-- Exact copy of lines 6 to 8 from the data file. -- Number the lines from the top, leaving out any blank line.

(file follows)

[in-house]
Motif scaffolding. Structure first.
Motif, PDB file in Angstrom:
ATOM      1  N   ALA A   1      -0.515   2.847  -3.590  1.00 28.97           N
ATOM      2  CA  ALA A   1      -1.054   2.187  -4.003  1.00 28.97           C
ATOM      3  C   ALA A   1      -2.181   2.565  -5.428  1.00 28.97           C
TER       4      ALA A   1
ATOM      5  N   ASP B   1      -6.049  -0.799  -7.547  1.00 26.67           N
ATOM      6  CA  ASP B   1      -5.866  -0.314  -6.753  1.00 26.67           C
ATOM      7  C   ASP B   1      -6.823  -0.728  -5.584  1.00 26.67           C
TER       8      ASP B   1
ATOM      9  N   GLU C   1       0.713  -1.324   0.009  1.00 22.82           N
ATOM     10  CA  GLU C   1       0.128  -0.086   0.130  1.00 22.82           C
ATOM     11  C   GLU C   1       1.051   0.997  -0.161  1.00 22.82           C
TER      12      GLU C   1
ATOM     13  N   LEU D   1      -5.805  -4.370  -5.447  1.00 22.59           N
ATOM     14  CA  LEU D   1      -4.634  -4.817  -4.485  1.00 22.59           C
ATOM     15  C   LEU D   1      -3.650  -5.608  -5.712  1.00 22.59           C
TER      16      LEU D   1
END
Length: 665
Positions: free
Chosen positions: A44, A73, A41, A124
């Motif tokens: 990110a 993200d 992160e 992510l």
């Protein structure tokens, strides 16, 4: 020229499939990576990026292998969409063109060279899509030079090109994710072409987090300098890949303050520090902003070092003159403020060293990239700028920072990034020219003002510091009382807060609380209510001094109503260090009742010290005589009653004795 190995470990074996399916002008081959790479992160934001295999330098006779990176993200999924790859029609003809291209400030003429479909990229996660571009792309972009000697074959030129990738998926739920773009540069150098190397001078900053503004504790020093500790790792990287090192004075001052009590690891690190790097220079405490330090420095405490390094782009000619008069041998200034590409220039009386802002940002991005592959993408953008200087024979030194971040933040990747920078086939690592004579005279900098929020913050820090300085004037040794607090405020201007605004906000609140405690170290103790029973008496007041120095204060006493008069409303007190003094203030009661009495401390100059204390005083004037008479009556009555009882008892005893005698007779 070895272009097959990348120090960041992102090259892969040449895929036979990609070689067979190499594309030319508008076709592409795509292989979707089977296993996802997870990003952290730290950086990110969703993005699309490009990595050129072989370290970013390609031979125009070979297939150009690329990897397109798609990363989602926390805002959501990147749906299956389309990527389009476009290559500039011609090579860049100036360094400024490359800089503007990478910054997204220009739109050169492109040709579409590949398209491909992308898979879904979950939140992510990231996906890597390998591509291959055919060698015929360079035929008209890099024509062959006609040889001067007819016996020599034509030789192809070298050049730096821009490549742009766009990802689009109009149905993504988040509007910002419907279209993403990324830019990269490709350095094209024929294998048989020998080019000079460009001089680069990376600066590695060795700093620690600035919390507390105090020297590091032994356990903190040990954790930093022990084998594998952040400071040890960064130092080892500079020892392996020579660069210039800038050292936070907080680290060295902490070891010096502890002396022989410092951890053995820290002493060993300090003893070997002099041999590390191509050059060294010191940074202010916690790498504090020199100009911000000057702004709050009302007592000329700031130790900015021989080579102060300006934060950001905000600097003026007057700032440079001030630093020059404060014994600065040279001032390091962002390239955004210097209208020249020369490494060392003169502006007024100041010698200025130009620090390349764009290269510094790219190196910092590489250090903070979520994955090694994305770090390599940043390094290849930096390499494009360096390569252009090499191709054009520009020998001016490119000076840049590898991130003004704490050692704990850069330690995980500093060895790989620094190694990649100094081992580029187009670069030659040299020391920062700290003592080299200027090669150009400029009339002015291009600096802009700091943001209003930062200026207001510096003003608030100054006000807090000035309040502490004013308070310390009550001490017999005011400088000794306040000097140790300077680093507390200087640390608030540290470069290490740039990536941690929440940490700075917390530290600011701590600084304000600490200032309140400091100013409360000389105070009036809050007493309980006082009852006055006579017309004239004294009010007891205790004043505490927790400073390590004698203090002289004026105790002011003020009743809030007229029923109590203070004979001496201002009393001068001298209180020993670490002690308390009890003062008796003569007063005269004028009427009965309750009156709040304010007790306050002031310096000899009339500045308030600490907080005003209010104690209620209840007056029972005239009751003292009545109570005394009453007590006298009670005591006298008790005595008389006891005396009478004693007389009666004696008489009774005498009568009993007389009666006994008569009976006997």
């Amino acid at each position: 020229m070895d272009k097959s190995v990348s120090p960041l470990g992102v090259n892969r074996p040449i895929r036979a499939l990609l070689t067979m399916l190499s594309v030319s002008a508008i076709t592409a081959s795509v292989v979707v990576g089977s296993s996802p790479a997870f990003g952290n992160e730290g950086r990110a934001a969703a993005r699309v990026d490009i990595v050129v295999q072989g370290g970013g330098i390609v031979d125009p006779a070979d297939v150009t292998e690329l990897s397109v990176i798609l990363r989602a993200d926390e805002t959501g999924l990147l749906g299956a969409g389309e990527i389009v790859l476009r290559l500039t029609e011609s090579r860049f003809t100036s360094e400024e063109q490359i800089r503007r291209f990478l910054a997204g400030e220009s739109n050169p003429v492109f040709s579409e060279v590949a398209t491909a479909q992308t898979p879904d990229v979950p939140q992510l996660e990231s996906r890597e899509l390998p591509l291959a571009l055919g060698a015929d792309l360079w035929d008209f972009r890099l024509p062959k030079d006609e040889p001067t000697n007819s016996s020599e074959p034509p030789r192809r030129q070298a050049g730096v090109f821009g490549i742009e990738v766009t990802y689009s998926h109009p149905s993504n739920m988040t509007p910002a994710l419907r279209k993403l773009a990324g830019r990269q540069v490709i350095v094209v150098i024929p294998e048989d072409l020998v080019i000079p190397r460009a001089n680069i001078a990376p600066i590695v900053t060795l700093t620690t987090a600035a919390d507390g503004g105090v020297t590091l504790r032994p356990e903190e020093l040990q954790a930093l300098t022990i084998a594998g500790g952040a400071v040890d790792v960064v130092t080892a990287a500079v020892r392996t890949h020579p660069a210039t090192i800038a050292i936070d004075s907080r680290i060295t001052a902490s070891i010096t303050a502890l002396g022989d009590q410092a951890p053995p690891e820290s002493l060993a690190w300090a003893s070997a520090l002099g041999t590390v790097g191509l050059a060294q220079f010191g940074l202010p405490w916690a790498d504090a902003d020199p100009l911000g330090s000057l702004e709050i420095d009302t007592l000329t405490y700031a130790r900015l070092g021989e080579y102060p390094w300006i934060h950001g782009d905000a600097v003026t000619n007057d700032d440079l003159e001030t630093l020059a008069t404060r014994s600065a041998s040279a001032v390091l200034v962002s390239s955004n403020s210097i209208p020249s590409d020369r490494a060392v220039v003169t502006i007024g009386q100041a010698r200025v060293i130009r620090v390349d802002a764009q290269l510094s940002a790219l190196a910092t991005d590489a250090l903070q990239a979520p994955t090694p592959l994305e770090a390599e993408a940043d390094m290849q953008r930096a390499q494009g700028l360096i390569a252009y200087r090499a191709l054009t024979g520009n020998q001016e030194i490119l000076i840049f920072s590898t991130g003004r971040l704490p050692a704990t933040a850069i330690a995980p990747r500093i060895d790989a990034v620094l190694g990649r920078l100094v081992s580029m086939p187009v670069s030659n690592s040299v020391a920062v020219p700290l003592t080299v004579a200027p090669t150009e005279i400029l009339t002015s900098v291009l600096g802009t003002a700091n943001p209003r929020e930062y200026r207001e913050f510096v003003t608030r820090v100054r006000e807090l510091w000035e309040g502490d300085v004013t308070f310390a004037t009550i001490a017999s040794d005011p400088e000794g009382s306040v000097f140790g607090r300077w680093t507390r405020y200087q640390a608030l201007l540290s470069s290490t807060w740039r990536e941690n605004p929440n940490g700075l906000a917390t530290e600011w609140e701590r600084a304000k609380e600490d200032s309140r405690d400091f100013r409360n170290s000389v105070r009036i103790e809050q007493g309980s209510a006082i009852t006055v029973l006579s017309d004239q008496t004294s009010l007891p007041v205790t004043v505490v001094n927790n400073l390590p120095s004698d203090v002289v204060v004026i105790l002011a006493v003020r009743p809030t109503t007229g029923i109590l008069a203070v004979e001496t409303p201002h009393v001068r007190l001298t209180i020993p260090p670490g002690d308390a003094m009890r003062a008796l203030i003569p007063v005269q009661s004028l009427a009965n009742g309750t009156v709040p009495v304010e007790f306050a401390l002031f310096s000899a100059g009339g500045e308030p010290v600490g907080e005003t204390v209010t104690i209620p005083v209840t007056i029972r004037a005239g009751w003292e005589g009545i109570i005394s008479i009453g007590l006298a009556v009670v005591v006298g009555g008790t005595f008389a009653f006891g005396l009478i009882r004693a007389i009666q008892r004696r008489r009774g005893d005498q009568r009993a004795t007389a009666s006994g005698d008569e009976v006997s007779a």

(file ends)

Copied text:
ATOM      3  C   ALA A   1      -2.181   2.565  -5.428  1.00 28.97           C
TER       4      ALA A   1
ATOM      5  N   ASP B   1      -6.049  -0.799  -7.547  1.00 26.67           N